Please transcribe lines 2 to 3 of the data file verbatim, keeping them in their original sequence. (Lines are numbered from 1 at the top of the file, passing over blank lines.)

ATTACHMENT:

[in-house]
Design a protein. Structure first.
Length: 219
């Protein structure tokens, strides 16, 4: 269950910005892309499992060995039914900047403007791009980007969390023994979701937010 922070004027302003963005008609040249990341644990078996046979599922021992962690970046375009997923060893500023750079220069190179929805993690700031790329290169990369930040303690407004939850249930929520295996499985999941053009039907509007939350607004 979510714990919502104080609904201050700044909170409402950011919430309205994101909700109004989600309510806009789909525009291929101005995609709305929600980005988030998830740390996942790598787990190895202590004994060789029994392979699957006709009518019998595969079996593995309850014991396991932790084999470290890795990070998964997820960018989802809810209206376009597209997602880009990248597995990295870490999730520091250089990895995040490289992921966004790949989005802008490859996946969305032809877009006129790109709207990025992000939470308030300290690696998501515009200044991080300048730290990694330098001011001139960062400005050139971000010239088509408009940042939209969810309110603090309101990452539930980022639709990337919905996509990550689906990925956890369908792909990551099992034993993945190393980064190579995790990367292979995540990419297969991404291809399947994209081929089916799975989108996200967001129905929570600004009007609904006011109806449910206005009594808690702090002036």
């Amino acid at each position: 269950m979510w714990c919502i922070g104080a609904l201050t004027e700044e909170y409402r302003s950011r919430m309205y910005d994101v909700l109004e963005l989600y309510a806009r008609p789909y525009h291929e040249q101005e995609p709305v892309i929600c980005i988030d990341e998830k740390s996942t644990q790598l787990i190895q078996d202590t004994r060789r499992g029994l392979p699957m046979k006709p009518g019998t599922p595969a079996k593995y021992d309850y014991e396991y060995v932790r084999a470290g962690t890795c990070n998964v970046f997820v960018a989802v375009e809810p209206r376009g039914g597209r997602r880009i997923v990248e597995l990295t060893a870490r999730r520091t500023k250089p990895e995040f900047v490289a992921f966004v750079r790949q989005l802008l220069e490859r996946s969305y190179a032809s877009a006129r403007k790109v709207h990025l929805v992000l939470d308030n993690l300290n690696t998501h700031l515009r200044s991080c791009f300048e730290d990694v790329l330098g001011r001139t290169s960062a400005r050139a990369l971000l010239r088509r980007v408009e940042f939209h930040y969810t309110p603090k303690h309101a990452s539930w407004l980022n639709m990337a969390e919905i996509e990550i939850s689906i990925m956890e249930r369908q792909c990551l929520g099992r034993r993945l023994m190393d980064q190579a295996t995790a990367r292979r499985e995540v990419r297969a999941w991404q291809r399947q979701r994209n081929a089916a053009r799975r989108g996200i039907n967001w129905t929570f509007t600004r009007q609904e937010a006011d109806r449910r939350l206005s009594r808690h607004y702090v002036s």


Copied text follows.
Design a protein. Structure first.
Length: 219